After 40 years in the wilderness, the generation of Israelites that had come out of Egypt had all passed away from either age, famine, or plague. Moses then gives his last exhortation on the plains of Moab to the Israelites. He gives them direction on how to take the promised land in battle and how to set up their nation. He then dies looking at the promised land, but never enters himself because of his failure at the waters of Meriba and Massah.
Joshua now assumes command and is to lead the Israelites in battle leaving no inhabitants of the land alive. The first city on their way into the promised land was the fortified city of Jericho. Joshua sent spies into the city and heard that the people feared the Israelites because of the battles they had won in the wilderness. The king of Jericho tried to find the Israelite spies, but Rahab the prostitute hid them until they could escape the city. Because of her kindness, her family was spared when the Israelites took the city.
When the spies returned with good news of the fear of the people, Joshua moved the Israelites across the Jordan river. The people were to have the Ark of the Covenant in their midst. Once the feet of the priests stepped into the Jordan river, it turned back on its course. The Israelites crossed on dry land, just as they had through the Red Sea. Joshua then circumcised all of those who had not been circumcised while in the wilderness to fulfill the covenant of Abraham. After the nation had recovered, Joshua received instruction on how to conquer Jericho. For 6 days, the Israelites were to march around the city walls once led by the Ark. On the seventh day, they were to circle seven times with the priests blowing their horns. Then the people were to shout and the walls would fall down. It happened as God had instructed and the Israelites took the city, sparing only Rahab and her family.
The Israelites continued their conquest of the land under the command of Joshua who was faithful to the Lord. They won all of their battles under Joshua. In a particular battle, God even made the sun stand still for a day to allow for Joshua to conquer all of his enemies. However, there were moments of infidelity in Israel. Some people kept spoils from their battles for themselves against God’s commands, which would eventually cost them their lives. By the end of the military campaign to conquer the promised land, they had been largely successful, but they failed to fully eradicate the previous inhabitants, electing to put them into forced labor. By the time of Joshua’s death, the tribes had spread out in the promised land, but there were still pockets of the former inhabitants spread throughout the land. This would eventually lead to Israel’s future infidelity.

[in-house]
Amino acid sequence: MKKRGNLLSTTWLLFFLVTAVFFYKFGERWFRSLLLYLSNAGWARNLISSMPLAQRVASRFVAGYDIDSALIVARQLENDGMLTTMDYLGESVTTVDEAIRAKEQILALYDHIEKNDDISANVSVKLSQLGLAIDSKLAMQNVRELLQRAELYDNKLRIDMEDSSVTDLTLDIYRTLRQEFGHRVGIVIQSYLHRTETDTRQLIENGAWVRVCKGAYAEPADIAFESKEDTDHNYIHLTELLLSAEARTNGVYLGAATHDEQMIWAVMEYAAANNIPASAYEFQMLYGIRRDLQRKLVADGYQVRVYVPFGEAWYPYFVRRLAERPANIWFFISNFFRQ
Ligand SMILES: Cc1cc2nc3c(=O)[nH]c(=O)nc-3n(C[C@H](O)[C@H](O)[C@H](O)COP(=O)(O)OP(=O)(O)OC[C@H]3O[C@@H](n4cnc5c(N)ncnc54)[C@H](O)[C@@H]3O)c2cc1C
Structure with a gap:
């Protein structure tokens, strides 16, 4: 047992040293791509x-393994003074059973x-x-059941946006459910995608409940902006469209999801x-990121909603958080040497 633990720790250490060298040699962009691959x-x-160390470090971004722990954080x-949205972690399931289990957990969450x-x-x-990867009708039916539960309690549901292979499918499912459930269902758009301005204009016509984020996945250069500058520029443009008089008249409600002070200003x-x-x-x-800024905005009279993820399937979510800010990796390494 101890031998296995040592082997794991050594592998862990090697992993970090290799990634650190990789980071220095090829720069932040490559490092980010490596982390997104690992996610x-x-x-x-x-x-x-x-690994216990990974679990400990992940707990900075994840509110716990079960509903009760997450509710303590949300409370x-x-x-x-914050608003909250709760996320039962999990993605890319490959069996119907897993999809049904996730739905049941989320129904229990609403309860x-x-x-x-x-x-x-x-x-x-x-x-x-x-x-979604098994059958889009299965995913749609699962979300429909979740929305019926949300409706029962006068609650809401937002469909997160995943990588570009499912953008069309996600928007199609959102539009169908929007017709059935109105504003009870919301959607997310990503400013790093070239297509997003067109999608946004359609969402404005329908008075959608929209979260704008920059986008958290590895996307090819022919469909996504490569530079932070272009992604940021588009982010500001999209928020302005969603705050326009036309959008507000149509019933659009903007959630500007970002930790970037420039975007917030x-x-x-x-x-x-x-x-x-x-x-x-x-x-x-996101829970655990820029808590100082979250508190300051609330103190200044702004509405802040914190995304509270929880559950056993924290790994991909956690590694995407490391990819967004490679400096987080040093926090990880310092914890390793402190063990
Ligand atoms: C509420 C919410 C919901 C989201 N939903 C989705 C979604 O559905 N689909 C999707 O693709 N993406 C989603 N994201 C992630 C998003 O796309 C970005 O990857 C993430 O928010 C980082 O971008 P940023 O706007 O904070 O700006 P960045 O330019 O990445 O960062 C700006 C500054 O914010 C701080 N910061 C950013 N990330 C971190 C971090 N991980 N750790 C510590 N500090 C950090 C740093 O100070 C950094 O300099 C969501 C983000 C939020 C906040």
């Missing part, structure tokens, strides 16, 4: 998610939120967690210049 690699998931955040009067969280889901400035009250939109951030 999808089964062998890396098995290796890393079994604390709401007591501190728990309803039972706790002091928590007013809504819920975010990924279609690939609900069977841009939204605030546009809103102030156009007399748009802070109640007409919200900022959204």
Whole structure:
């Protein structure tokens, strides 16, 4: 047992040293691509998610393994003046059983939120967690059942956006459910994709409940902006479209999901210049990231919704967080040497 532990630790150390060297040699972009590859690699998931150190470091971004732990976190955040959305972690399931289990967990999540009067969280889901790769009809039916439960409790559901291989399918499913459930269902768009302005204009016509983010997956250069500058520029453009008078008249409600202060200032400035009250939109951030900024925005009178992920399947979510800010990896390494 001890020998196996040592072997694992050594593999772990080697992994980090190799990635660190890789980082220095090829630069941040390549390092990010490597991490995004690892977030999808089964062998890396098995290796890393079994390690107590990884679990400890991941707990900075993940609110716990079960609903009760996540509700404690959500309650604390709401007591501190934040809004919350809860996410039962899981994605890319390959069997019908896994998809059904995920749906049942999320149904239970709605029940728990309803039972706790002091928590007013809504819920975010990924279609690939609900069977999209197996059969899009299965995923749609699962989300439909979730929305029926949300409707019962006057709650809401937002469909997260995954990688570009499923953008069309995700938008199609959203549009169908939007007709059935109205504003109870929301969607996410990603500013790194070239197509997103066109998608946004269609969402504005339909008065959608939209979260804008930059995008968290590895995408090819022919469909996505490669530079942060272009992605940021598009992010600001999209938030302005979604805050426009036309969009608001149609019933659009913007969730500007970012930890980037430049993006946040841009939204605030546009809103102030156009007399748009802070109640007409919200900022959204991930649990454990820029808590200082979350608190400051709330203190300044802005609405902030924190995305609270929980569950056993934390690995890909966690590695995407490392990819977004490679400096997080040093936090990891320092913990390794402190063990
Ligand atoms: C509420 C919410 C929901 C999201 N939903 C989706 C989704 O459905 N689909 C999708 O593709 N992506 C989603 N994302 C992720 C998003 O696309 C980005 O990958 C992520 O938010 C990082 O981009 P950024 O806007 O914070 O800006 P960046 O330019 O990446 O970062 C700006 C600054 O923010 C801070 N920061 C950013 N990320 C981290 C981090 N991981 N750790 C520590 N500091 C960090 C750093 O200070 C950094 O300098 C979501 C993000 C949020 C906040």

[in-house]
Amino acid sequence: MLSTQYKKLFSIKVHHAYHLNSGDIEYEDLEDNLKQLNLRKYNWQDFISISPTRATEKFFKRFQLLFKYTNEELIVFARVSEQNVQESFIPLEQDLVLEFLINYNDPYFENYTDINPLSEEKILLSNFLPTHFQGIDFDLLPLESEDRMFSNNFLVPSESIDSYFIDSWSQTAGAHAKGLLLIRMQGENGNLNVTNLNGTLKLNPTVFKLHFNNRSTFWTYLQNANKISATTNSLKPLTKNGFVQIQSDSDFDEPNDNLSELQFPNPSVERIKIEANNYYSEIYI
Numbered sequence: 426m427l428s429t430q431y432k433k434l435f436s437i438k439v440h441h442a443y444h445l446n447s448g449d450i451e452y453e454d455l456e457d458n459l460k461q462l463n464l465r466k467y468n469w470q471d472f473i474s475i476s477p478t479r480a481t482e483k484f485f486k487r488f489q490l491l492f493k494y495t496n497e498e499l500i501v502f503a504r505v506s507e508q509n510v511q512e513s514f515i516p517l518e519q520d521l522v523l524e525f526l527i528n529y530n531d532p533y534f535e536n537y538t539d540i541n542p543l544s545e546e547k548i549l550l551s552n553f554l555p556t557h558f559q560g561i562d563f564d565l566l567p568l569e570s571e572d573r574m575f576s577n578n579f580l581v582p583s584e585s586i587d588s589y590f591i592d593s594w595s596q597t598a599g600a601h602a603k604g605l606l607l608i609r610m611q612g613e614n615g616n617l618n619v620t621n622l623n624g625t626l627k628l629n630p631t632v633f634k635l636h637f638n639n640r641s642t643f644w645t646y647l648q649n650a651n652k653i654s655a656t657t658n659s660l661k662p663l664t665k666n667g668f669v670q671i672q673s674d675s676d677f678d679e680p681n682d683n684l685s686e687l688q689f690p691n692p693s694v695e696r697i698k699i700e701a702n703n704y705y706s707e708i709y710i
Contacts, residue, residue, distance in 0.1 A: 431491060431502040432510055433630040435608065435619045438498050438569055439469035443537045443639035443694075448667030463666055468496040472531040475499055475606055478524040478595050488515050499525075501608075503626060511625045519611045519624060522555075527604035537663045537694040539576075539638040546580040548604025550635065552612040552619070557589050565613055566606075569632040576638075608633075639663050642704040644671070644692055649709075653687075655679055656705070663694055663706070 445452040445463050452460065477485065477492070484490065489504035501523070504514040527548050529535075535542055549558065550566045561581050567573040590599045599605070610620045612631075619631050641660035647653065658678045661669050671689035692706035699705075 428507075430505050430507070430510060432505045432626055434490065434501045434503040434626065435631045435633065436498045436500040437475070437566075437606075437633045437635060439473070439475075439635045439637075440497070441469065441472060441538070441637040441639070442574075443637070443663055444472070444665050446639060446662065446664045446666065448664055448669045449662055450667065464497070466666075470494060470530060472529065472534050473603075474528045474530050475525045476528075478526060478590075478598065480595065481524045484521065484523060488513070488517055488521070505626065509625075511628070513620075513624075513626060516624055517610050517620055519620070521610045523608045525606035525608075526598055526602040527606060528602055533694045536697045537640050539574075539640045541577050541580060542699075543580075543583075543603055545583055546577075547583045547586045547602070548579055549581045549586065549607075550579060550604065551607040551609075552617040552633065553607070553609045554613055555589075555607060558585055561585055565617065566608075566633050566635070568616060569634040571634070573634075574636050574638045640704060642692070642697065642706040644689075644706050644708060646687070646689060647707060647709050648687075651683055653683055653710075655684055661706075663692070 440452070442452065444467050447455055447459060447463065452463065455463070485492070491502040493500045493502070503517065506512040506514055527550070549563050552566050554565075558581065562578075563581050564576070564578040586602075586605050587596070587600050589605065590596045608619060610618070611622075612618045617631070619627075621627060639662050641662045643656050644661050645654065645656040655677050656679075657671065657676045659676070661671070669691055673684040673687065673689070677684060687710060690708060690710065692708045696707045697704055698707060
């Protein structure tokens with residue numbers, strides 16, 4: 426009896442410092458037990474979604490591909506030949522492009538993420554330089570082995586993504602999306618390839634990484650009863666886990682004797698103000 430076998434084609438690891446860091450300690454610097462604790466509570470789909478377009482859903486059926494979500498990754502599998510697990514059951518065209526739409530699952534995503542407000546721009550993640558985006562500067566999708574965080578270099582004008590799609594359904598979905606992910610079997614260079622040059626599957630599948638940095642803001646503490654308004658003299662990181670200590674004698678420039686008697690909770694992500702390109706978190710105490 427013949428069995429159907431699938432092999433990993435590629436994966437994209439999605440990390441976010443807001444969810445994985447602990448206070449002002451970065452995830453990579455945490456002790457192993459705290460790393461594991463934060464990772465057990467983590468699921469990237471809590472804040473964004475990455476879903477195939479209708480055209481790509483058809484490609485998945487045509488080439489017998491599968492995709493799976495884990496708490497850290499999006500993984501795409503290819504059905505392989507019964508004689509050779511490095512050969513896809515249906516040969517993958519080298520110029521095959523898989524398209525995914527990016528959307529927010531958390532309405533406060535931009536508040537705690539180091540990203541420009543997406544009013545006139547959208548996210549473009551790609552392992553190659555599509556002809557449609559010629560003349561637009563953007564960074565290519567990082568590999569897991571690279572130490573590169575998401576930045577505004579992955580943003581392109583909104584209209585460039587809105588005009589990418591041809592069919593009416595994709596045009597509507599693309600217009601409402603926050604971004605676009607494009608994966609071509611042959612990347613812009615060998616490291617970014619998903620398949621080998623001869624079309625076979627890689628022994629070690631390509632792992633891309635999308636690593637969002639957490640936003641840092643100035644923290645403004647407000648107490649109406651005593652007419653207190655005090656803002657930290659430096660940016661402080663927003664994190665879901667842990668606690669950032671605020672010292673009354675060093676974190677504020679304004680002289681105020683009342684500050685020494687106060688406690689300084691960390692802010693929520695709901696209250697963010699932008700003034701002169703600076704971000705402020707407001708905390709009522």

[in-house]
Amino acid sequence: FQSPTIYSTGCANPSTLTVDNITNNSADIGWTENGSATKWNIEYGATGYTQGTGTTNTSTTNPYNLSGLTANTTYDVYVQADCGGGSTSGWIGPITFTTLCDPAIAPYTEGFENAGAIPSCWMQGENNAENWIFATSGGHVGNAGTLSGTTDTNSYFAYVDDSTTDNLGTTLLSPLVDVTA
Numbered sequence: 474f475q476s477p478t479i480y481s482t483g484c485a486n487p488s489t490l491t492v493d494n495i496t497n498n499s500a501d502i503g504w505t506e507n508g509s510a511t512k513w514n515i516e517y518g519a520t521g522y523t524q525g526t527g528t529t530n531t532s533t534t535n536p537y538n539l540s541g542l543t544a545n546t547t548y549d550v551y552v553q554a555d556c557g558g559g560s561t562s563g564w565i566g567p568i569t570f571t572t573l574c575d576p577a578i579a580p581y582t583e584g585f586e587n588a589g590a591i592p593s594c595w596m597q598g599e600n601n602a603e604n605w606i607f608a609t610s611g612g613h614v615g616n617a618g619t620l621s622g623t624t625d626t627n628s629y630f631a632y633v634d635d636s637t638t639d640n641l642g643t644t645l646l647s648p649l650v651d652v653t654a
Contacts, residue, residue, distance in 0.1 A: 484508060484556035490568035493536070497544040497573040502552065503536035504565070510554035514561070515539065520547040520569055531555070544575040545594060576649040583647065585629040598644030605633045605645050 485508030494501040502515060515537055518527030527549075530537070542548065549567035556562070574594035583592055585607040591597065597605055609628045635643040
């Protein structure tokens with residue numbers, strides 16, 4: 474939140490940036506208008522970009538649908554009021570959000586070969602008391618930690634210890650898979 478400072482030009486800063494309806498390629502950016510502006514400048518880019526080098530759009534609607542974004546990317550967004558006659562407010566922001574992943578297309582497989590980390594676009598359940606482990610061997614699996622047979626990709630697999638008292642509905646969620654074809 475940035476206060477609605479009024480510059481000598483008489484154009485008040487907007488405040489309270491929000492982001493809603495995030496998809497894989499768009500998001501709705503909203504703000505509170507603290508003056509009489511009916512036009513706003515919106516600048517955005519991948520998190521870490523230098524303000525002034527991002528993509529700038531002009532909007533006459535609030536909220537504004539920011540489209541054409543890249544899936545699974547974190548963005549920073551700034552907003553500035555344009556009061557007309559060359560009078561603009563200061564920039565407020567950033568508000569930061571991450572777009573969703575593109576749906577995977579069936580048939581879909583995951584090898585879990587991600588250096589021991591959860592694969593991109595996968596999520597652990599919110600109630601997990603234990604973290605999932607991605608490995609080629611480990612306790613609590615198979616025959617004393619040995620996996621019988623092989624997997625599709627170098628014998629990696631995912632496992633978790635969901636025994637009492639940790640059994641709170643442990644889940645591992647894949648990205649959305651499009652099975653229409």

It can be challenging to think that God would call for all the inhabitants to be eradicated from the promised land. Annihilation of a nation seems very un-God-like. However, we have to remember that these people were idol worshipers. Even more so, they practiced child sacrifice. The divine justice of God through the Israelites put an end to these abominable practices. On the surface it can seem mean, but we know that our God is a God of justice, and to end the evils and remove temptation from His people was why He called for total eradication.
We must also examine the typological significance of the parting of the Jordan river. The Israelites enter into the promised land through water that has been parted by the presence of God in the Ark of the Covenant. This is a clear connection to Baptism which is the water through which we enter into the heavenly promised land. In addition, where the Israelites would have crossed the river is the exact same region John the Baptist would have baptized Jesus hundreds of years later.
Finally, Joshua is a typological figure for Jesus. Both have the same root name Yeshua, meaning to save or deliver. Joshua leads the children of Israel into the physical land promised to them by God while Jesus leads the children of God to the promised land of heaven through salvation from our sins.
Because of their faithfulness and leadership of Joshua, the Israelites enter the promised land victorious and settle in peace. As long as they remained faithful, God would protect and defend them in this land. However, after the death of Joshua, the people will revert into the same habits of their ancestors, but God, ever faithful, will raise up Judges to save them.